A key Senate vote looms tomorrow in the effort to repeal DADT. Meanwhile, the Williams Institute has just released a new report on discharges documenting that women and persons of color are disproportionately affected by the military's policy and that the racial and gender skewing has increased over time.
Since the policy took effect, more than 13,000 service members have been discharged. Not surprisingly, the rate has decreased since the wars in Iraq and Afghanistan began. As the annual number of discharges fell, however, the proportion of women and persons of color rose.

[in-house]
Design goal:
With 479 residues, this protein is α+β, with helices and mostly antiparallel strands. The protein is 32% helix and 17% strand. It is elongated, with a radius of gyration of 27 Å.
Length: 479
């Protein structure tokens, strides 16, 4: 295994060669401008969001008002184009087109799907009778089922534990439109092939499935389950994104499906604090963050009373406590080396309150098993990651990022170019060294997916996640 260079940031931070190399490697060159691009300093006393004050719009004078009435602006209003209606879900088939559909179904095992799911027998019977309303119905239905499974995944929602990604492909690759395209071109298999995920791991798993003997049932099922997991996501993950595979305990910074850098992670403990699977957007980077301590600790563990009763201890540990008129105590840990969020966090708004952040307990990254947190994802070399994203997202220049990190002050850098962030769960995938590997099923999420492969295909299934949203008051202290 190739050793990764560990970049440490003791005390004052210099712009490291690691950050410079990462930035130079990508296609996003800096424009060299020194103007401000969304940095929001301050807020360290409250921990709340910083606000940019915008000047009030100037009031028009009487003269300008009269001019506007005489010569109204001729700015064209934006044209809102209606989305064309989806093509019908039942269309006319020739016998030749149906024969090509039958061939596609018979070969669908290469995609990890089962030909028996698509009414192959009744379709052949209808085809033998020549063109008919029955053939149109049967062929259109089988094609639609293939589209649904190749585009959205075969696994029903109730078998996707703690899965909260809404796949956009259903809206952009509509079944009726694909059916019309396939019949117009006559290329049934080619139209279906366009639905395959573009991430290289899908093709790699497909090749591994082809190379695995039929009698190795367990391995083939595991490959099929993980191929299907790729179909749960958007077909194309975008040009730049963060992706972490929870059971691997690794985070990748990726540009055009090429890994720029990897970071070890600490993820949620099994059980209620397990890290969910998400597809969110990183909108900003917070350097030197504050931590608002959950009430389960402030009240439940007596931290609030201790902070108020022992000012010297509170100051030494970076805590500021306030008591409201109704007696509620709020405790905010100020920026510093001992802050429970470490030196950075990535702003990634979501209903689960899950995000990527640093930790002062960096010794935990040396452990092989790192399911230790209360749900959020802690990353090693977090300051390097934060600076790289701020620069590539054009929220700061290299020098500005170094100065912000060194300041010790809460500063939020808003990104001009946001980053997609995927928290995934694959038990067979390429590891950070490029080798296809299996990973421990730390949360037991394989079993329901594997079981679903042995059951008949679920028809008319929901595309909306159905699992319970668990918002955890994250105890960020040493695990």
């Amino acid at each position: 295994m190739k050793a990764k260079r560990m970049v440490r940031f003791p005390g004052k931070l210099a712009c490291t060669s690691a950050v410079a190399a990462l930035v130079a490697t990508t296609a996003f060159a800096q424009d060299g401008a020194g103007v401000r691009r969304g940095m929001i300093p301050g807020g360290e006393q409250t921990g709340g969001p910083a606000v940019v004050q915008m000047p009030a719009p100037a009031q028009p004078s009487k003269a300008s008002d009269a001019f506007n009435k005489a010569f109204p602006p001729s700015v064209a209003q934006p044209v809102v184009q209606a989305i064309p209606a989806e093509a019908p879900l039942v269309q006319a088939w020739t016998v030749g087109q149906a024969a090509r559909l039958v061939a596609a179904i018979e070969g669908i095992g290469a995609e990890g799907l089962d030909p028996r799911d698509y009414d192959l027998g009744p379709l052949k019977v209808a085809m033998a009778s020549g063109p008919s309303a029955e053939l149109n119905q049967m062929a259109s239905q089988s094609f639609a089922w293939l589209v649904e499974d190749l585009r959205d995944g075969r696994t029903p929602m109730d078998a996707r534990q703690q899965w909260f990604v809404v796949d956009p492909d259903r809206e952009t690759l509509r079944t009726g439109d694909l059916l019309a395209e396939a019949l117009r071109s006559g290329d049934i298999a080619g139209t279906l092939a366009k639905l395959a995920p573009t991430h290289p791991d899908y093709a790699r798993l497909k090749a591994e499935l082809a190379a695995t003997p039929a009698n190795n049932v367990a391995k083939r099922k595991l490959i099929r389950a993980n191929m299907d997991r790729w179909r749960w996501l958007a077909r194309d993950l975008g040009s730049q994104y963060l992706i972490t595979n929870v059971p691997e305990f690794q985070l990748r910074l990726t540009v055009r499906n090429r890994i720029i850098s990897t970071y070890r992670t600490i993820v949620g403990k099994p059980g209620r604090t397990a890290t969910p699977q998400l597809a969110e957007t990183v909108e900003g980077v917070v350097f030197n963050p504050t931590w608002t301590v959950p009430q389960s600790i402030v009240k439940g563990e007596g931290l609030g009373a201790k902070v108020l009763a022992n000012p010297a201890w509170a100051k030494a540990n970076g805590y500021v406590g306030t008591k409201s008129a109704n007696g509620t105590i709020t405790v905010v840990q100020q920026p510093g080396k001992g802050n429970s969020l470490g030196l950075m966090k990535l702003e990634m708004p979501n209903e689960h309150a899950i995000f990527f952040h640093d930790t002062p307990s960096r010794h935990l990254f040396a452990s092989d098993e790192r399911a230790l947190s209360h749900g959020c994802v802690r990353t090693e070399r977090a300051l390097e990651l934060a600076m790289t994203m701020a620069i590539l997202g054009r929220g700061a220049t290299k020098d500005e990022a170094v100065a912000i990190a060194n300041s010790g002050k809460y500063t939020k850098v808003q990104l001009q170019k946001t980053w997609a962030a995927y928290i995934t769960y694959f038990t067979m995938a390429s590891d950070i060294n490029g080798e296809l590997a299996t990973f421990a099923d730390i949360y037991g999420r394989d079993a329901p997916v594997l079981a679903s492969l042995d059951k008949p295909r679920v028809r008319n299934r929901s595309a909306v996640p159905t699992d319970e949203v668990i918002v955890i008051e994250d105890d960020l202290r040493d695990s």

- For women, who comprise 14 to 15% of military personnel, the share of DADT discharges rose from 22% in 1997 to 39% in 2009.
- For non-white, non-Hispanic members, who comprise about one-third of personnel, the share of discharges rose from 23% in 1997 to 45% in 2008.
How many reasons do we need to end this policy?